Engaging in repetitive body-focused behaviors like nail-biting, skin-picking or hair-twirling may mean you are a perfectionist. But how do you know when your habit has gone too far?
A staggering 1 in 50 adults, or as much as four percent of the population, suffers from trichotillomania, or the compulsive urge to pull or twist the hair until it breaks, according to the U.S. National Library of Medicine. While statistics for skin-picking disorder, or dermatillomania, are less widely kept, Laura Lokers, a licensed clinical social worker and cofounder of the Anxiety and OCD Treatment Center of Ann Arbor, Michigan, estimates that between 2 and 5 percent of the population has some sort of body-focused repetitive behavior. To put the number in perspective, autism spectrum disorder affects approximately 1 out of every 68 children, according to the Centers for Disease Control and Prevention.
“Honestly, we’ve had a little bit of a harder time getting accurate numbers [for dermatillomania], mostly because a lot of people have hidden behind dermatological conditions,” Lokers said. “‘Oh, no. I don’t pick my skin, but I have really bad acne.’ Or ‘No, I just have bad eczema.'”
Skin-picking is a highly stigmatized and misunderstood disorder. And because of that, despite the fact that millions suffer from a body-focused condition, many people may not realize that their behavior is out of their control — or even that it has a name. “They’re being told by everyone around them, ‘Why don’t you just stop?'” Lokers said.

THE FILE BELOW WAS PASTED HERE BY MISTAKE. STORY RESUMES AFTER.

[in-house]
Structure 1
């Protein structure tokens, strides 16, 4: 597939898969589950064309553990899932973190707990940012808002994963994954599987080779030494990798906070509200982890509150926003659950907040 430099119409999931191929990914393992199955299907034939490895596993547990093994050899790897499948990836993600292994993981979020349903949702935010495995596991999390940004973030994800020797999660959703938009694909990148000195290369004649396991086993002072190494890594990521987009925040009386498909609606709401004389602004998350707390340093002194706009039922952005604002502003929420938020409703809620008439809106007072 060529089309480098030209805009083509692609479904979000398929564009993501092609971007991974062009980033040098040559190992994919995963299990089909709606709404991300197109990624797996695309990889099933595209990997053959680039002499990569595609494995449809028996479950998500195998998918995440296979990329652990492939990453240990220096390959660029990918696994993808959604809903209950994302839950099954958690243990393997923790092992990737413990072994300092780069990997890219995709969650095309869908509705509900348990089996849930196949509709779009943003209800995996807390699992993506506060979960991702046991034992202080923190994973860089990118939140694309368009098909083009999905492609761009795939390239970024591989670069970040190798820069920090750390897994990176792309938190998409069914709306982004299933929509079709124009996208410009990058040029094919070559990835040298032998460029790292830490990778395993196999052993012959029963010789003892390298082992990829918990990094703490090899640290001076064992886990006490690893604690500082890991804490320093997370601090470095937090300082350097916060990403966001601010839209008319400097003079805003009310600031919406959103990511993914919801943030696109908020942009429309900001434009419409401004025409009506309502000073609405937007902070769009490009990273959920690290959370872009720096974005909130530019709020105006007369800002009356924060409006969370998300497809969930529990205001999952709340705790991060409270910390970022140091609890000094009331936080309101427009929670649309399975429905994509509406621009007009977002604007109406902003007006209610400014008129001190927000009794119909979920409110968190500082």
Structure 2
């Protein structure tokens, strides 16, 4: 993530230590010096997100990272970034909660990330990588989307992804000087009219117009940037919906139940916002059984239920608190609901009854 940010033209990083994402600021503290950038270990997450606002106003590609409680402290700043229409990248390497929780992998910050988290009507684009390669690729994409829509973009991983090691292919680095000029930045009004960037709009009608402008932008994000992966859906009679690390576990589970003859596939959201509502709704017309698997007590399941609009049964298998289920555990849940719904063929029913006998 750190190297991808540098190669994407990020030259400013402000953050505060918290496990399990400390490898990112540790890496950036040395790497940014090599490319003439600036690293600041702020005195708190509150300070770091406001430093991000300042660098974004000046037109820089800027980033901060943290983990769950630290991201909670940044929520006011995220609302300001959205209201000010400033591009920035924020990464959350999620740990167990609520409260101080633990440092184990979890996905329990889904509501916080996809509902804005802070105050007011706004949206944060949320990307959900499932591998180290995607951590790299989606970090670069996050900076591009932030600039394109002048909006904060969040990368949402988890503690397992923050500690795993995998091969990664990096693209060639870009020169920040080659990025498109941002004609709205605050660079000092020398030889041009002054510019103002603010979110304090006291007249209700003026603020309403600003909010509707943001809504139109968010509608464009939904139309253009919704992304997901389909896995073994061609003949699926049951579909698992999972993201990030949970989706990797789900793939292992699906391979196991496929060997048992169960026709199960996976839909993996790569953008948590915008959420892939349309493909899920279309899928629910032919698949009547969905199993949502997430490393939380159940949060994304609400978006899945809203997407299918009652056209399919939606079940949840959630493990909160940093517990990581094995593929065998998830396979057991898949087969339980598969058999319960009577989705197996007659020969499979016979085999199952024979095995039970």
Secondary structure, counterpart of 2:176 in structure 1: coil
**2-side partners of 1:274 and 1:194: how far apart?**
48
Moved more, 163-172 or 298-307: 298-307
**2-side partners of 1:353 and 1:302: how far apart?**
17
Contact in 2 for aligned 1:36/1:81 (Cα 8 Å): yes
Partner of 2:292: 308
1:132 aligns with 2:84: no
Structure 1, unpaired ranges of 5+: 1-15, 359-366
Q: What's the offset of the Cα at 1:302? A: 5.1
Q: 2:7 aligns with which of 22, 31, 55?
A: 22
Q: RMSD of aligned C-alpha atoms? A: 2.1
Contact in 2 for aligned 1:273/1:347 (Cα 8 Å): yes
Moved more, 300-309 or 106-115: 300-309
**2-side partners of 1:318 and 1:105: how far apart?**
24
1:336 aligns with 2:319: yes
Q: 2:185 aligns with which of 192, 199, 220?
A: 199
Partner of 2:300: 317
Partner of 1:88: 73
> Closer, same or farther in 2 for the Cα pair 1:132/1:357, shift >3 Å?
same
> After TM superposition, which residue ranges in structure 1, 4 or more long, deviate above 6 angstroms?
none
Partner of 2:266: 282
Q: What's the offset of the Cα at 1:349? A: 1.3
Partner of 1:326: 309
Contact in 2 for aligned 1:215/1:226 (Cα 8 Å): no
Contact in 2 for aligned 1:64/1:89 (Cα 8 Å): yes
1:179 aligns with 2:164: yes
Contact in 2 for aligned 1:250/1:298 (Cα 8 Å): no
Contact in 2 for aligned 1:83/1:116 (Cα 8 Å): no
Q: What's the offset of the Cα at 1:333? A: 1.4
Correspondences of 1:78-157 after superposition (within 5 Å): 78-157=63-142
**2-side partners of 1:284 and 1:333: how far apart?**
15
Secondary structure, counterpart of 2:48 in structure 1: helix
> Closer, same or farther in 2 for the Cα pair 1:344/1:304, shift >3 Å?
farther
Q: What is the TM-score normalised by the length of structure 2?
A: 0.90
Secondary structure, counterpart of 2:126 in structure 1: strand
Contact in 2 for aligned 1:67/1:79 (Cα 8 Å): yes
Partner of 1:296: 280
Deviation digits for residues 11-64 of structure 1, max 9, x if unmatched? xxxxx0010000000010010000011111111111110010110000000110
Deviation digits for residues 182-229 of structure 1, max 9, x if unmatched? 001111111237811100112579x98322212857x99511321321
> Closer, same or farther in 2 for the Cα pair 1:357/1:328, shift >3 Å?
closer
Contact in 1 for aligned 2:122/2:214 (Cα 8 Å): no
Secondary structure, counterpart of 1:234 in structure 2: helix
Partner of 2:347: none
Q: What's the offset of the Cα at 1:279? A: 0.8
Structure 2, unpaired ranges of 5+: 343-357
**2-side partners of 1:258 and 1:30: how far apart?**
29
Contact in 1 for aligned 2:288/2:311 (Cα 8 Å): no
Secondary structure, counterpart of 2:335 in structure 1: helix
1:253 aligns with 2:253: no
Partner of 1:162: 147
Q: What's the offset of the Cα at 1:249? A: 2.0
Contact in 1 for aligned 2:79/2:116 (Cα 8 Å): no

Of course, it’s not that easy. There are very few resources for people who suffer from body-focused repetitive behaviors (although the Trichtillomania Learning Center is one good one), and no psychotropic medications that have been deemed effective treatments thus far. According to Science of Us, the results of trials of the most thoroughly tested medication, Prozac, were inconclusive. And for such a common disorder, practitioners specializing in behavioral therapy for hair-pulling, and especially for skin-picking, are few and far between. We spoke with Lokers to learn more.
The Huffington Post: Are trichotillomania and dermatillomania related to obsessive compulsive disorder? I know they were recently recategorized in the Diagnostic and Statistical Manual of Mental Disorders.
Lokers: They are classified as obsessive compulsive-related disorders. So it’s not OCD, but we think that neurologically, some of that stickiness — that inability to stop [pulling out hair or picking at skin], even when they really, really want to — seems to be in that category. They used to be called impulse-control disorders, but that was honestly a throwaway category. They didn’t belong there to begin with.
What’s the relationship between anxiety and body-focused repetitive behaviors? Is there one?
That’s interesting, because anxiety can be a significant trigger for the urges, much like we’ve seen with Tourette’s disorder. We certainly see that when people are stressed out, their ticks often get worse. But we also see folks who have no anxiety, who will say they are feeling bored or they’re even asleep and they have this behavior. That’s why it’s not an anxiety disorder.